Olena Perepelynska. The issue of diversity within arbitral tribunal is important from various perspective. Firstly, it’s a quality of the decision-making, as numerous studies show that a diverse group produces better decisions then a homogenous one. And this is true for many areas, not only for arbitration.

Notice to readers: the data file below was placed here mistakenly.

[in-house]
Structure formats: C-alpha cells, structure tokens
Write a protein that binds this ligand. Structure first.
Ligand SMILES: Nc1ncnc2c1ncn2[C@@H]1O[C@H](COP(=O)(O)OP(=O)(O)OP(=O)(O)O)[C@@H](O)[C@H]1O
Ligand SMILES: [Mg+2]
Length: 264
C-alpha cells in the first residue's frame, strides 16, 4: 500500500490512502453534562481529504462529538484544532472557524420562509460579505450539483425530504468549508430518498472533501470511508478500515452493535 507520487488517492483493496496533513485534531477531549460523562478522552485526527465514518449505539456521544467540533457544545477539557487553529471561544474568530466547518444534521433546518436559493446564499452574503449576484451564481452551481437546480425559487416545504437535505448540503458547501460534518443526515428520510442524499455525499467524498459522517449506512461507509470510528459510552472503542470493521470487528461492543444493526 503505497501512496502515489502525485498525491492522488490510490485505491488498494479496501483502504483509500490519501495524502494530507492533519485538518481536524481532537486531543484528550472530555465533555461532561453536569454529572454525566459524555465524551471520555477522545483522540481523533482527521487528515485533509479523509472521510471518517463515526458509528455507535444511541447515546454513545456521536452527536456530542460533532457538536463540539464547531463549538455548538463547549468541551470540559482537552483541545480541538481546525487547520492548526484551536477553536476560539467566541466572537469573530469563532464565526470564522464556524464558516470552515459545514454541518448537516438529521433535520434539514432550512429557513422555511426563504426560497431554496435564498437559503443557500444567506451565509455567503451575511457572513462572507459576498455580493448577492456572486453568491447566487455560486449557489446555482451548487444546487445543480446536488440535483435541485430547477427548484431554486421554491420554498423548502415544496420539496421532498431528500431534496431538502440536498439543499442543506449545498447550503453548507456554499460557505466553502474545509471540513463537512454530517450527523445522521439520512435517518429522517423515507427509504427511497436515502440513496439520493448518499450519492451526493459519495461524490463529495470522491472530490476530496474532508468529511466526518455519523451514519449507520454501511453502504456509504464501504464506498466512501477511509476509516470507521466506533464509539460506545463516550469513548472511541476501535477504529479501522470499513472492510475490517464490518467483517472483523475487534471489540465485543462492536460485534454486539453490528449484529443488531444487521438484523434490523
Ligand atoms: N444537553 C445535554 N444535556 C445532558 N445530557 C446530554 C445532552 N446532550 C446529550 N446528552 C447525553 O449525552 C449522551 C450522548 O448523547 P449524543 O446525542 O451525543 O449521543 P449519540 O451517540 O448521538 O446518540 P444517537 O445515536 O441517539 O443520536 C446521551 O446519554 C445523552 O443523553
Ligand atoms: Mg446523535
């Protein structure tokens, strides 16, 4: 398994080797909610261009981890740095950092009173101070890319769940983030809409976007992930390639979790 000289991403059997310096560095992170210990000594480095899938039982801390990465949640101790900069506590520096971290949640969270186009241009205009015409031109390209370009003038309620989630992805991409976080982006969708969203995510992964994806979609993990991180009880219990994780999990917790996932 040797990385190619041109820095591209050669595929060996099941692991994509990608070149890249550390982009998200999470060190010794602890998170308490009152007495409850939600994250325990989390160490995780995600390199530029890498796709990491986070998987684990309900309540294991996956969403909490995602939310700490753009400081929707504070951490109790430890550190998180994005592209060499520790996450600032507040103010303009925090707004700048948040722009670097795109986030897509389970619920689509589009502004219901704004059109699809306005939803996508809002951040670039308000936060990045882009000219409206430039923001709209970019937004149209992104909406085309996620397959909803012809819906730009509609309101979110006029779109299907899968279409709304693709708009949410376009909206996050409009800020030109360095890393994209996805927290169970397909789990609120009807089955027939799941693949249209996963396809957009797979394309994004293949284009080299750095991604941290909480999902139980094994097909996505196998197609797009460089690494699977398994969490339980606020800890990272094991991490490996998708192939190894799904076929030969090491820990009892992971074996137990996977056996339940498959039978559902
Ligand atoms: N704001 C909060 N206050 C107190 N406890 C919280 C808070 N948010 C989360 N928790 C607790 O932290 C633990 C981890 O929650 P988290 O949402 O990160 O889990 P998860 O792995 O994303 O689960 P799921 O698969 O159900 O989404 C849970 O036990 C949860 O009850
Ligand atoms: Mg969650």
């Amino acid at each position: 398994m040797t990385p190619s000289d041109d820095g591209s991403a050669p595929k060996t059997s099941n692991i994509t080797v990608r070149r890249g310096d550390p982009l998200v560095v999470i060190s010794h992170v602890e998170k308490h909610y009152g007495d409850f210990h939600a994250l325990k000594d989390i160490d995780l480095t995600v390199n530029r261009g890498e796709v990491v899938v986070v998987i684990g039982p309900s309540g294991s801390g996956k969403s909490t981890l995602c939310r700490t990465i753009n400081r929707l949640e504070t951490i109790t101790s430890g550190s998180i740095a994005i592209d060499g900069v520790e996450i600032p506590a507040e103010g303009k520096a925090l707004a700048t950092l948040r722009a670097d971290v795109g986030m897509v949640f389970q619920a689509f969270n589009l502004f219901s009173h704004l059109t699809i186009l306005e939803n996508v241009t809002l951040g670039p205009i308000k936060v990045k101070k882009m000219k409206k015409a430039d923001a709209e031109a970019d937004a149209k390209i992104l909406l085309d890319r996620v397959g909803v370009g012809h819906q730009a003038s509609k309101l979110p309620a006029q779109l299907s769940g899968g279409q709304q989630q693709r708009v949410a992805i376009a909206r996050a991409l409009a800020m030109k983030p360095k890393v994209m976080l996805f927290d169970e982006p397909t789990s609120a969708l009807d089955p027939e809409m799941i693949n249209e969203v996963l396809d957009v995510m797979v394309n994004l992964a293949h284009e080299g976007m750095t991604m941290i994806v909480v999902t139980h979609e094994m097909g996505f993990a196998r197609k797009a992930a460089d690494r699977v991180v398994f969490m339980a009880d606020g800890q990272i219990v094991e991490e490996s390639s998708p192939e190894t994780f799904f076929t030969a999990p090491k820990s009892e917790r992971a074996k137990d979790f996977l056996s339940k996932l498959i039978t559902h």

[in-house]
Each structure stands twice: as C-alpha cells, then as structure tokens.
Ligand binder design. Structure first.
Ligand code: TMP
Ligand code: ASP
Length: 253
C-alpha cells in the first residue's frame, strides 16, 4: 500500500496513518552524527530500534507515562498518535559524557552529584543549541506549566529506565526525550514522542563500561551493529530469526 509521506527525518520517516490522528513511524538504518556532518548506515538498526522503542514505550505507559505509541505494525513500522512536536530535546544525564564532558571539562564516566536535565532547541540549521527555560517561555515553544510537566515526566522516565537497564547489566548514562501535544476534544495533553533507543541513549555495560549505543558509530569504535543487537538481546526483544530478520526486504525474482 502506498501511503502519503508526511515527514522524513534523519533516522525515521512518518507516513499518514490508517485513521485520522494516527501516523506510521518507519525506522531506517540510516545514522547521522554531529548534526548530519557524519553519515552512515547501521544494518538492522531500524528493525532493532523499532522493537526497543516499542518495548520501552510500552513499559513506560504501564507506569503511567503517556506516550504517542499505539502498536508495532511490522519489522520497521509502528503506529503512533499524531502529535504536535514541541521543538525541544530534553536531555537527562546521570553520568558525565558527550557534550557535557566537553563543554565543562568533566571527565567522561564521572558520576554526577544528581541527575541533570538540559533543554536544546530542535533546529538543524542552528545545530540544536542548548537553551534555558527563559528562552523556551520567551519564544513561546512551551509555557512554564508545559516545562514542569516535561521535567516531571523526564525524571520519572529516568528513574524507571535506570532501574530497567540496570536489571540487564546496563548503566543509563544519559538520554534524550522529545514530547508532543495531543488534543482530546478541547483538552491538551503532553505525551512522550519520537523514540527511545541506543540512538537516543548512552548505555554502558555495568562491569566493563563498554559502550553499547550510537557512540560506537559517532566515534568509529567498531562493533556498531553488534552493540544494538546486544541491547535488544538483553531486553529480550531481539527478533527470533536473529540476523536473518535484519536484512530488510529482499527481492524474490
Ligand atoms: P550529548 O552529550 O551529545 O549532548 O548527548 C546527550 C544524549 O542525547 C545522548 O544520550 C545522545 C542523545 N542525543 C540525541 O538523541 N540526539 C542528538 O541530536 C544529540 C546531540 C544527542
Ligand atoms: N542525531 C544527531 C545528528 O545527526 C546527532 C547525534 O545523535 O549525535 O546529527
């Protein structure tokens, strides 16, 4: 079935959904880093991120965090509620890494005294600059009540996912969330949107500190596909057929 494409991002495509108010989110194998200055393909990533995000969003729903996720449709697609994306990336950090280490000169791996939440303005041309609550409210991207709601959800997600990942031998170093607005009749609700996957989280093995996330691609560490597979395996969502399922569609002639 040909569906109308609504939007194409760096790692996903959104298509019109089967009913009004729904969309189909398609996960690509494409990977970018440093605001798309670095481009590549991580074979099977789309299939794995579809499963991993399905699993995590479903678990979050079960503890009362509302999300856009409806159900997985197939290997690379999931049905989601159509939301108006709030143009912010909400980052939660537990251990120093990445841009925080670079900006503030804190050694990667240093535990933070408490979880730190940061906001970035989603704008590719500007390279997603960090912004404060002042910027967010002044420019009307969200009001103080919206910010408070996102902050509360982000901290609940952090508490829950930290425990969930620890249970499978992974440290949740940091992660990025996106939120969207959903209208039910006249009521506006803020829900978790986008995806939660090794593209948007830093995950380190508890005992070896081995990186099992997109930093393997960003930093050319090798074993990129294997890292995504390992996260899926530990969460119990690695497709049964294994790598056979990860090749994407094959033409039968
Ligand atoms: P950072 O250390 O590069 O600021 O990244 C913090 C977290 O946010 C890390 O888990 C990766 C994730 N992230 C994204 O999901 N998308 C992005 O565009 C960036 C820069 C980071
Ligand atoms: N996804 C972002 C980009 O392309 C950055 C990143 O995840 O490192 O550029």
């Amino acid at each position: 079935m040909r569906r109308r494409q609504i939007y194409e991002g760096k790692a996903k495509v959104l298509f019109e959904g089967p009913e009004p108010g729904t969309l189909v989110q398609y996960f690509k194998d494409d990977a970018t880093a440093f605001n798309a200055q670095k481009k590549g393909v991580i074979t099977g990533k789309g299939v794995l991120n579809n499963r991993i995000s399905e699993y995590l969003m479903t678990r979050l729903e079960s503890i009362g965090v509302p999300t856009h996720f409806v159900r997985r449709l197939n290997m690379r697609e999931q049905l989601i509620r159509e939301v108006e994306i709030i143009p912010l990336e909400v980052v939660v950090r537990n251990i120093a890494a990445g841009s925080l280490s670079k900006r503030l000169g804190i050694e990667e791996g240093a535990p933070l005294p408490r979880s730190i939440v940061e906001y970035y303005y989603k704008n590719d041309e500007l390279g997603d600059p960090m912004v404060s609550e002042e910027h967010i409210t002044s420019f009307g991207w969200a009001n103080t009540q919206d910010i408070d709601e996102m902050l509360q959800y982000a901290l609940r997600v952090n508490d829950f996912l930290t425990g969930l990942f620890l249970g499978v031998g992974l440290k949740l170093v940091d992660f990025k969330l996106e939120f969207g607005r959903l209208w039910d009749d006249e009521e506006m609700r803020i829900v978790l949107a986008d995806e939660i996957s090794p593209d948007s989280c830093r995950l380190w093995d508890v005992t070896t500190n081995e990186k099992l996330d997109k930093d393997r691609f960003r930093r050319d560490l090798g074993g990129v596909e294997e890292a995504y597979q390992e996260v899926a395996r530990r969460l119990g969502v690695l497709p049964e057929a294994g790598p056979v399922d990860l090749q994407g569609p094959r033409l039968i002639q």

Secondly, there is a rising demand of more balanced representation of various minority groups (gender, generation, geographical, ethnical, etc.). This demand is a part of global trends and diversity movements, but it is also a result of development of arbitration. If initially only a relatively small pool of practitioners possessed knowledge and experience to act as arbitrators in international arbitral proceedings, and the number of cases was not so high, now the situation is drastically different. The number of arbitration cases is rising, so does an access to education and practice in arbitration. We already have a very diverse pool of parties and parties’ counsel. And quite often they are not from the most known arbitration jurisdictions. As all arbitration users and counsel are human being, they want to see their cases resolved by an arbitral tribunal comprising an arbitrator similar to such users or counsel. Apart from an ancient subconscious filter “friend or foe”, which might affect our attitude to some persons, such parties and their counsel might believe that an arbitrator from the same minority group might better understand their case, as he or she will more likely share their culture, religion, business and political realities etc. That is why, the parties might perceive a diverse tribunal a as fairer one. And such perception will, most likely, extend to an arbitral award rendered by such tribunal.